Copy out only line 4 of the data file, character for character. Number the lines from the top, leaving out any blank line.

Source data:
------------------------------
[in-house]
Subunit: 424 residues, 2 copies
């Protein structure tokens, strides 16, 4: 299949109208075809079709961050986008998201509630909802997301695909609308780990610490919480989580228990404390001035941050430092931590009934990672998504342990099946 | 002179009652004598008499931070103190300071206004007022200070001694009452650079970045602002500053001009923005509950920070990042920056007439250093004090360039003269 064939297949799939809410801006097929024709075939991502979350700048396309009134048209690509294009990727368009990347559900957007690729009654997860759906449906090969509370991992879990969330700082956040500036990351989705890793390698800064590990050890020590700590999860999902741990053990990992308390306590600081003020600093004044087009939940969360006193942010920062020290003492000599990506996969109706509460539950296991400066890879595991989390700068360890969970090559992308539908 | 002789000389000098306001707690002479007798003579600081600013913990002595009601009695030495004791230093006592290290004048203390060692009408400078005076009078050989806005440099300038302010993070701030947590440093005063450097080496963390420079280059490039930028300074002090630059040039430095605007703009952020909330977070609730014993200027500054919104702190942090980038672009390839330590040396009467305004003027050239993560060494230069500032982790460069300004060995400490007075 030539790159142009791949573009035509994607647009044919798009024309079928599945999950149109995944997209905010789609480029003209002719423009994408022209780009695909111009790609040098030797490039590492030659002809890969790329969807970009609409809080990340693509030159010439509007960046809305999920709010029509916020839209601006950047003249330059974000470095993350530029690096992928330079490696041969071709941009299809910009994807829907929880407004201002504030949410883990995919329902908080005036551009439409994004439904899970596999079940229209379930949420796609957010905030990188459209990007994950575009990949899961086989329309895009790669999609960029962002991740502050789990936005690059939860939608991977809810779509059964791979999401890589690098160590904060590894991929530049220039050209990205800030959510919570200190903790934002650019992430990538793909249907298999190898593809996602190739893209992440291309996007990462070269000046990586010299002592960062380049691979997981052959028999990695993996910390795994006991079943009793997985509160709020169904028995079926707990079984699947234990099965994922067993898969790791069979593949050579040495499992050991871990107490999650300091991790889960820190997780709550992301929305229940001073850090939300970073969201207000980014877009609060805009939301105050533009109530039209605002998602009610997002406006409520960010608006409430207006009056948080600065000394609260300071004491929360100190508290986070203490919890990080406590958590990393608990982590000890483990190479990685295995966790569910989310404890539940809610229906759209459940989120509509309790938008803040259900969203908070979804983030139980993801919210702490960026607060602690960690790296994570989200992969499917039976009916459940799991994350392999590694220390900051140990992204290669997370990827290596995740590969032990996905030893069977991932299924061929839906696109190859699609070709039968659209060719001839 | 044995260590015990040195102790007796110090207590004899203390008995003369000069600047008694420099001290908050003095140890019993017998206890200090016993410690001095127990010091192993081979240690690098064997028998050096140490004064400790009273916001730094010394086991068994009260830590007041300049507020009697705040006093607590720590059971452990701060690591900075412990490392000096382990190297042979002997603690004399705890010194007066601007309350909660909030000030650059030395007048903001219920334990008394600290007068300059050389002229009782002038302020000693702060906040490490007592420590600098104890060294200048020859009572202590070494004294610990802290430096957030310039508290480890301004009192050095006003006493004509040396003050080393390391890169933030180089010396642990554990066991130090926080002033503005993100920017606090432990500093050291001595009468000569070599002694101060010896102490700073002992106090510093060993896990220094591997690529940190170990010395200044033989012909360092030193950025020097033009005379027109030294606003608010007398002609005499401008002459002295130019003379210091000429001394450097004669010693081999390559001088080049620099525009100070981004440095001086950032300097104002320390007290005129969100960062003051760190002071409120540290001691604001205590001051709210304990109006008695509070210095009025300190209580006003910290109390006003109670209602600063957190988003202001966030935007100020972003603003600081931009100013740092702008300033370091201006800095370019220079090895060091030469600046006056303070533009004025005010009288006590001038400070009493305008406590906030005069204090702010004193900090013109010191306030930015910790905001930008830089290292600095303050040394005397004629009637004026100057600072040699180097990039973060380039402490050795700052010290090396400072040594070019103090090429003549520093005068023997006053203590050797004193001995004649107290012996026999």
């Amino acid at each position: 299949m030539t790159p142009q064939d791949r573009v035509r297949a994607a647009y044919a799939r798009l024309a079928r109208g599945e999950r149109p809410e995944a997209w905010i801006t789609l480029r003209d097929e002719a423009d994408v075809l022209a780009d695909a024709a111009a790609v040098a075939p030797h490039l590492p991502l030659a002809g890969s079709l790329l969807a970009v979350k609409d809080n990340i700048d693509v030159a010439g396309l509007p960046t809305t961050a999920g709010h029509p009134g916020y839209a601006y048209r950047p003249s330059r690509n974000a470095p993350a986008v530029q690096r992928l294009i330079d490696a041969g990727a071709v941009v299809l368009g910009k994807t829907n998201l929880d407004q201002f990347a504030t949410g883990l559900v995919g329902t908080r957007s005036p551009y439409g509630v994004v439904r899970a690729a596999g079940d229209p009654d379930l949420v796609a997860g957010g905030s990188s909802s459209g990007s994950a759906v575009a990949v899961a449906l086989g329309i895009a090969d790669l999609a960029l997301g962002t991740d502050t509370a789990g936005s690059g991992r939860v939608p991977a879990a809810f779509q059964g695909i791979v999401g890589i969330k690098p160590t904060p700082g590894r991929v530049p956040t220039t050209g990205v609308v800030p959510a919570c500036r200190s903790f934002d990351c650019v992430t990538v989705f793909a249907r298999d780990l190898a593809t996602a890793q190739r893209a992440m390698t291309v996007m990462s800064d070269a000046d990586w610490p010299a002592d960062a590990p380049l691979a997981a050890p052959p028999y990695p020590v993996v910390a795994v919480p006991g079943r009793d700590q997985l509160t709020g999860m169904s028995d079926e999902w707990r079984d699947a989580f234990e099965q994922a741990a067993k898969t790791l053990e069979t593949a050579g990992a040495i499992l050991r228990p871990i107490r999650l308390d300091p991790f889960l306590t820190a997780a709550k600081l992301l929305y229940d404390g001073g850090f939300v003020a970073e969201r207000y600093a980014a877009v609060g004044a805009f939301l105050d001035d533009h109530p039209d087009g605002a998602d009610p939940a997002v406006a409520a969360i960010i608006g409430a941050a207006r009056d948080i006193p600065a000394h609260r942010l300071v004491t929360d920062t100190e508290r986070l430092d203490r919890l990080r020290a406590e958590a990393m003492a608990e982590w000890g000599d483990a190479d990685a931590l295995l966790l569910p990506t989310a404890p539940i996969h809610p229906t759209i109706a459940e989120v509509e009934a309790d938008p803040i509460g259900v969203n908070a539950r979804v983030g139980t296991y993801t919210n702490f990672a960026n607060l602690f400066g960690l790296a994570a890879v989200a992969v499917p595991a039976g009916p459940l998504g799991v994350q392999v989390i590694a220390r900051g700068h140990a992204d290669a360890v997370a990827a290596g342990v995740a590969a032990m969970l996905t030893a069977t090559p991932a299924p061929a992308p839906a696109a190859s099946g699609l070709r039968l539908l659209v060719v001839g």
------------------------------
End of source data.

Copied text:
């Amino acid at each position: 299949m030539t790159p142009q064939d791949r573009v035509r297949a994607a647009y044919a799939r798009l024309a079928r109208g599945e999950r149109p809410e995944a997209w905010i801006t789609l480029r003209d097929e002719a423009d994408v075809l022209a780009d695909a024709a111009a790609v040098a075939p030797h490039l590492p991502l030659a002809g890969s079709l790329l969807a970009v979350k609409d809080n990340i700048d693509v030159a010439g396309l509007p960046t809305t961050a999920g709010h029509p009134g916020y839209a601006y048209r950047p003249s330059r690509n974000a470095p993350a986008v530029q690096r992928l294009i330079d490696a041969g990727a071709v941009v299809l368009g910009k994807t829907n998201l929880d407004q201002f990347a504030t949410g883990l559900v995919g329902t908080r957007s005036p551009y439409g509630v994004v439904r899970a690729a596999g079940d229209p009654d379930l949420v796609a997860g957010g905030s990188s909802s459209g990007s994950a759906v575009a990949v899961a449906l086989g329309i895009a090969d790669l999609a960029l997301g962002t991740d502050t509370a789990g936005s690059g991992r939860v939608p991977a879990a809810f779509q059964g695909i791979v999401g890589i969330k690098p160590t904060p700082g590894r991929v530049p956040t220039t050209g990205v609308v800030p959510a919570c500036r200190s903790f934002d990351c650019v992430t990538v989705f793909a249907r298999d780990l190898a593809t996602a890793q190739r893209a992440m390698t291309v996007m990462s800064d070269a000046d990586w610490p010299a002592d960062a590990p380049l691979a997981a050890p052959p028999y990695p020590v993996v910390a795994v919480p006991g079943r009793d700590q997985l509160t709020g999860m169904s028995d079926e999902w707990r079984d699947a989580f234990e099965q994922a741990a067993k898969t790791l053990e069979t593949a050579g990992a040495i499992l050991r228990p871990i107490r999650l308390d300091p991790f889960l306590t820190a997780a709550k600081l992301l929305y229940d404390g001073g850090f939300v003020a970073e969201r207000y600093a980014a877009v609060g004044a805009f939301l105050d001035d533009h109530p039209d087009g605002a998602d009610p939940a997002v406006a409520a969360i960010i608006g409430a941050a207006r009056d948080i006193p600065a000394h609260r942010l300071v004491t929360d920062t100190e508290r986070l430092d203490r919890l990080r020290a406590e958590a990393m003492a608990e982590w000890g000599d483990a190479d990685a931590l295995l966790l569910p990506t989310a404890p539940i996969h809610p229906t759209i109706a459940e989120v509509e009934a309790d938008p803040i509460g259900v969203n908070a539950r979804v983030g139980t296991y993801t919210n702490f990672a960026n607060l602690f400066g960690l790296a994570a890879v989200a992969v499917p595991a039976g009916p459940l998504g799991v994350q392999v989390i590694a220390r900051g700068h140990a992204d290669a360890v997370a990827a290596g342990v995740a590969a032990m969970l996905t030893a069977t090559p991932a299924p061929a992308p839906a696109a190859s099946g699609l070709r039968l539908l659209v060719v001839g």